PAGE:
Scientists at the University of Oxford have constructed a computerised egg to help crack open the secrets of how cygnets hatch at Abbotsbury Swannery in Dorset
Normally a swan lays 4-10 eggs, at two-day intervals, and during this time she will sit on the nest for most of the day to guard her eggs. Only when the last egg has been laid will incubation begin.This process means that cygnets hatch together and can therefore be better cared for. The mystery is: what happens to the temperature of the eggs?
Professor Chris Perrins, of the Edward Grey Institute of Field Ornithology at the University of Oxford, said: ‘It's something that's puzzled us for a long time. Birds don't normally waste energy and yet some preliminary observations during the laying period indicate that a female swan does keep her eggs at least partly warm some of the time.
‘But since the eggs hatch together, they are not apparently kept warm enough for development to take place. So why use up energy doing it at all? It seems odd. We want to understand in greater detail the amount of heat that a female puts into her eggs during laying and incubation and why and how it's done.'
To find out, Dr Stephen Ellwood of the Wildlife Conservation Research Unit (WildCRU) at the University of Oxford, used a diamond saw to cut off the top of a dud swan's egg. He cleaned out the addled contents, partly filled the shell with silicon and then fitted a miniaturised computer inside.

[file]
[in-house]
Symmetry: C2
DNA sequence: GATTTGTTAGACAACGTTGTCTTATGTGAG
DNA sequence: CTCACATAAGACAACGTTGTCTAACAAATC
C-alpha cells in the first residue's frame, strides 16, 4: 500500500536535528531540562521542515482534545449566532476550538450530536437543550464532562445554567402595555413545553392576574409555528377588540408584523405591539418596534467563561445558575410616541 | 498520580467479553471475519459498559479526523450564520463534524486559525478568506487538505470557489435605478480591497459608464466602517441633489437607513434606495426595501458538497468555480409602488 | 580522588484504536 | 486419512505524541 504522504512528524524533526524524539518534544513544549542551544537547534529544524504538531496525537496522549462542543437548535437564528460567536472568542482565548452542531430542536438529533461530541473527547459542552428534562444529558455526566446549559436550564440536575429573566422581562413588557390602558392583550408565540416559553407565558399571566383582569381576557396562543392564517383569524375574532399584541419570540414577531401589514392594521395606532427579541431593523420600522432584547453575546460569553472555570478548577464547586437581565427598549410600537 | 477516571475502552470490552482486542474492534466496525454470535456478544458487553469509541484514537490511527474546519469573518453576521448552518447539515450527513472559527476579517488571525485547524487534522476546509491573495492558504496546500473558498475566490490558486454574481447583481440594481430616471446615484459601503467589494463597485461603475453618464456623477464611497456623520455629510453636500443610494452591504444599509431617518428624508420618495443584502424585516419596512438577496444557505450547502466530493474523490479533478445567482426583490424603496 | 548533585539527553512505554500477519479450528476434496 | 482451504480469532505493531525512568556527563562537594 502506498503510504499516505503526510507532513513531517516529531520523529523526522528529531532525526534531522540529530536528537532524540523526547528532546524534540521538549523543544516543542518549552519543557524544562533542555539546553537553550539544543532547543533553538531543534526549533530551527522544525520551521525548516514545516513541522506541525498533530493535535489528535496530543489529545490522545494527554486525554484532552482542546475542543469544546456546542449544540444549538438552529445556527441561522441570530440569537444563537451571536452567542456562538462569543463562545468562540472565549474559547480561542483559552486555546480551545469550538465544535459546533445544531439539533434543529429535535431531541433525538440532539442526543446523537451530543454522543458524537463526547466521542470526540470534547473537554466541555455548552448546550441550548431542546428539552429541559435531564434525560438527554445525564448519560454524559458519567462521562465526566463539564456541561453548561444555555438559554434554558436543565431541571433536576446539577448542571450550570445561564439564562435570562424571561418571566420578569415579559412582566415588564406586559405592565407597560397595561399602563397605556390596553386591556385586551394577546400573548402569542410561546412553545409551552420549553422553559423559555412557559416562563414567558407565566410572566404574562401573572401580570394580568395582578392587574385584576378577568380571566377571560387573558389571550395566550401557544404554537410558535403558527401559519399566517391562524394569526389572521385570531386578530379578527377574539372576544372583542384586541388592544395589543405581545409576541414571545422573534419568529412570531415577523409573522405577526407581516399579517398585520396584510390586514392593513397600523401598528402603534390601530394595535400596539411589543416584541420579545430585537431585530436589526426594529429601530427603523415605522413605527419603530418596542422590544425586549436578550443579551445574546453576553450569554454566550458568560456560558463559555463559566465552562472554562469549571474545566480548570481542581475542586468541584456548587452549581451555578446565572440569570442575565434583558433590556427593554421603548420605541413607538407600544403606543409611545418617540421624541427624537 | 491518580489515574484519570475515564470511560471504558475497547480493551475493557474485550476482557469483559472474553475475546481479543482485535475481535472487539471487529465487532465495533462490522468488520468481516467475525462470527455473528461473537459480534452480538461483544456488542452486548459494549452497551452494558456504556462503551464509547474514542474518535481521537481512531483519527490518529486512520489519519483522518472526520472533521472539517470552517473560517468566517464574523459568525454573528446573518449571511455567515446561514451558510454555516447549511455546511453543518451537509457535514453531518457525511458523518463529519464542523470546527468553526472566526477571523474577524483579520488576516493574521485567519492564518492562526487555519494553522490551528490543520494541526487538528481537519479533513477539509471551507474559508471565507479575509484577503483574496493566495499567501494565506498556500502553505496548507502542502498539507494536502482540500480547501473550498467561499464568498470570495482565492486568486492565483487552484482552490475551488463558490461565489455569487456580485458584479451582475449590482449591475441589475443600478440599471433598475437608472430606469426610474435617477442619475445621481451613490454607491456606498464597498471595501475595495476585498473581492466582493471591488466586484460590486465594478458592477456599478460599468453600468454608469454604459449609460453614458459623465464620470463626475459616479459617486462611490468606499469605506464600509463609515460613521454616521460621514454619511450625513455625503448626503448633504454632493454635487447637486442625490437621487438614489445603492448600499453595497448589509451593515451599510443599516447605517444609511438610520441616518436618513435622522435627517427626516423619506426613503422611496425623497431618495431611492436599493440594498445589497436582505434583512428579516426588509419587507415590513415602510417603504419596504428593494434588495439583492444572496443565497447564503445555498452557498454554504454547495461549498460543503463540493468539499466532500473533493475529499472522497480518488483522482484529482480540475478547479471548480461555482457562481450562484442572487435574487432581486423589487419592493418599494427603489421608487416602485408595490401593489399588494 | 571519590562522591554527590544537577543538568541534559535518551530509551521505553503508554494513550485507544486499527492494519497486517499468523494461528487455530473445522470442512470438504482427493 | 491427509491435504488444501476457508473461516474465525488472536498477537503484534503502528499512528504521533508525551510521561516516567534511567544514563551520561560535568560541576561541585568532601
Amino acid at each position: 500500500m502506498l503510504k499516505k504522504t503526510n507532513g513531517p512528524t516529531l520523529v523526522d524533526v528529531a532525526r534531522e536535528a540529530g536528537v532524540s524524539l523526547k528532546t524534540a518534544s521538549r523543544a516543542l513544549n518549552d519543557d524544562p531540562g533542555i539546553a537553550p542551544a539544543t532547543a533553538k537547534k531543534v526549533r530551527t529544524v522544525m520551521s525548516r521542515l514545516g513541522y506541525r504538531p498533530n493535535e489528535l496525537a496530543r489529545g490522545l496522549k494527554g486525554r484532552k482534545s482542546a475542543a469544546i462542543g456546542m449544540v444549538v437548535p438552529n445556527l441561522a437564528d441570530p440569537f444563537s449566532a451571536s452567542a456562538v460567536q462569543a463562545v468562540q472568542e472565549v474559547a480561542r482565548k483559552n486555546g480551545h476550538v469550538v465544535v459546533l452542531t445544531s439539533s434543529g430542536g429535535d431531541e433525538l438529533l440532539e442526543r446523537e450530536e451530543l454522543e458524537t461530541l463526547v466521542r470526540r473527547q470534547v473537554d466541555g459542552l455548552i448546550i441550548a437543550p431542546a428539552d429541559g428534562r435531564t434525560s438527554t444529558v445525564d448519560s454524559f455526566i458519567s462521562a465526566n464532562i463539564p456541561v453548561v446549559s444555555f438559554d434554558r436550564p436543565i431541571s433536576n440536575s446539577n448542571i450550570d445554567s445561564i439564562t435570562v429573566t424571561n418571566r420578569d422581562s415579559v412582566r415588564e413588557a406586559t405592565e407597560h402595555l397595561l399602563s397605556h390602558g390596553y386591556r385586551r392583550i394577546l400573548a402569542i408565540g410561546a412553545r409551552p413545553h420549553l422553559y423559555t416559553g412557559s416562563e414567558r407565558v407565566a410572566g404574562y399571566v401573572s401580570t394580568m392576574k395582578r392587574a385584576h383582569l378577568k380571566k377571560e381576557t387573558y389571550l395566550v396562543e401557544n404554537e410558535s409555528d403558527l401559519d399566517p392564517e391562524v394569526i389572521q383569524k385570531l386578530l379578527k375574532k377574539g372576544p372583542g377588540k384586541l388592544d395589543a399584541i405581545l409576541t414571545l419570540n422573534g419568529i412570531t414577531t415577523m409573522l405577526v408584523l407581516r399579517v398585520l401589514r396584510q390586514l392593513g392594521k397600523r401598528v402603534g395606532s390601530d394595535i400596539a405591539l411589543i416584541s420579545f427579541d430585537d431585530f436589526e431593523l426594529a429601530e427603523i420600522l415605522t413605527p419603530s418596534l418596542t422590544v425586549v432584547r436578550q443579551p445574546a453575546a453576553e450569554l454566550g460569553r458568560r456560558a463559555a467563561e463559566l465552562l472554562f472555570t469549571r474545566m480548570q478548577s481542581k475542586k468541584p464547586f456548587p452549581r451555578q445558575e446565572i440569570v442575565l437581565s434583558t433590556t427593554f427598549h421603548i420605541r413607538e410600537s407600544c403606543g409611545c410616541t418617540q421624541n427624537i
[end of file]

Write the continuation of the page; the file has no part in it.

The computer has mobile-phone style accelerometers to measure movements up and down, left and right, and backwards and forwards. It can record these movements and changes in temperature eight times a second or more and then transmit these data to a nearby base-station.
Professor David Macdonald, Director of the WildCRU, added: ‘Our mission is to use science to help discover how to conserve species - since the early days of radio-tracking, cutting edge technology has revolutionised our understanding of animal behaviour, and contributed major insights to conservation - we expect this new technology to be as useful to conservation as it is interesting to science.'
Placed into a swan's nest at Abbotsbury alongside a clutch of normal eggs, scientists and Swannery staff now hope the computerised egg has transmitted enough information to reveal what goes on beneath a swan during nearly two months of laying and sitting and incubation. Computerised leg tags were also fitted to the parent swans using this same nest, as well as to two other pairs, and one individual.
Dr Ellwood said: ‘These kinds of devices make observations that were impossible, possible. People just can't go into the places that these devices can go.'
The Abbotsbury work is part of a one-year project being funded by the Knowledge Transfer Secondment scheme of the Engineering and Physical Sciences Research Council via Oxford University.